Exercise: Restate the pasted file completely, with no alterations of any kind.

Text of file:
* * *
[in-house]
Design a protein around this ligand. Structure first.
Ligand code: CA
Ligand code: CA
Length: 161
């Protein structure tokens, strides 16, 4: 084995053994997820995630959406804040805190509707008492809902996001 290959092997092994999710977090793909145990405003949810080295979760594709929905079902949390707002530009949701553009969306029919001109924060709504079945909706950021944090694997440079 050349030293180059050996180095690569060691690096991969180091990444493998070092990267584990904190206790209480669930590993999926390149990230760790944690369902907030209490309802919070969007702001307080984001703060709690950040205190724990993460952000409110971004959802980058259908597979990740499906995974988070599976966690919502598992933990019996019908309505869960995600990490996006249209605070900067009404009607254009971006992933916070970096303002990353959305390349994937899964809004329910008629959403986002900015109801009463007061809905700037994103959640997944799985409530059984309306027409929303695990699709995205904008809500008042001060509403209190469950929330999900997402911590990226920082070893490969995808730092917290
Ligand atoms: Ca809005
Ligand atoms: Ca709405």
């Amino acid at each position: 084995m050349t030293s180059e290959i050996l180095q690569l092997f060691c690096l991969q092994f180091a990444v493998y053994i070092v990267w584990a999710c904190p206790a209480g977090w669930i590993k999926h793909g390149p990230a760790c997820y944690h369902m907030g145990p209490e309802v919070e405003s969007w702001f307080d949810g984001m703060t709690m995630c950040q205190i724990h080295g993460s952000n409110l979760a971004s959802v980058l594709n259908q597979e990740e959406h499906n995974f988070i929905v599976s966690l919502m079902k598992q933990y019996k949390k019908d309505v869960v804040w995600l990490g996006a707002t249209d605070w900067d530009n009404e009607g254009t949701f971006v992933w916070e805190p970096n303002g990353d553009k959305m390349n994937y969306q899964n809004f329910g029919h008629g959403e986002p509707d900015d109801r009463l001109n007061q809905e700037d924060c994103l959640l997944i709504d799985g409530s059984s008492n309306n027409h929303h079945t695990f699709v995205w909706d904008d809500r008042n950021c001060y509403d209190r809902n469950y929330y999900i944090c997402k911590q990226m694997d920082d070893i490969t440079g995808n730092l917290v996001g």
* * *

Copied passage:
[in-house]
Design a protein around this ligand. Structure first.
Ligand code: CA
Ligand code: CA
Length: 161
């Protein structure tokens, strides 16, 4: 084995053994997820995630959406804040805190509707008492809902996001 290959092997092994999710977090793909145990405003949810080295979760594709929905079902949390707002530009949701553009969306029919001109924060709504079945909706950021944090694997440079 050349030293180059050996180095690569060691690096991969180091990444493998070092990267584990904190206790209480669930590993999926390149990230760790944690369902907030209490309802919070969007702001307080984001703060709690950040205190724990993460952000409110971004959802980058259908597979990740499906995974988070599976966690919502598992933990019996019908309505869960995600990490996006249209605070900067009404009607254009971006992933916070970096303002990353959305390349994937899964809004329910008629959403986002900015109801009463007061809905700037994103959640997944799985409530059984309306027409929303695990699709995205904008809500008042001060509403209190469950929330999900997402911590990226920082070893490969995808730092917290
Ligand atoms: Ca809005
Ligand atoms: Ca709405």
């Amino acid at each position: 084995m050349t030293s180059e290959i050996l180095q690569l092997f060691c690096l991969q092994f180091a990444v493998y053994i070092v990267w584990a999710c904190p206790a209480g977090w669930i590993k999926h793909g390149p990230a760790c997820y944690h369902m907030g145990p209490e309802v919070e405003s969007w702001f307080d949810g984001m703060t709690m995630c950040q205190i724990h080295g993460s952000n409110l979760a971004s959802v980058l594709n259908q597979e990740e959406h499906n995974f988070i929905v599976s966690l919502m079902k598992q933990y019996k949390k019908d309505v869960v804040w995600l990490g996006a707002t249209d605070w900067d530009n009404e009607g254009t949701f971006v992933w916070e805190p970096n303002g990353d553009k959305m390349n994937y969306q899964n809004f329910g029919h008629g959403e986002p509707d900015d109801r009463l001109n007061q809905e700037d924060c994103l959640l997944i709504d799985g409530s059984s008492n309306n027409h929303h079945t695990f699709v995205w909706d904008d809500r008042n950021c001060y509403d209190r809902n469950y929330y999900i944090c997402k911590q990226m694997d920082d070893i490969t440079g995808n730092l917290v996001g």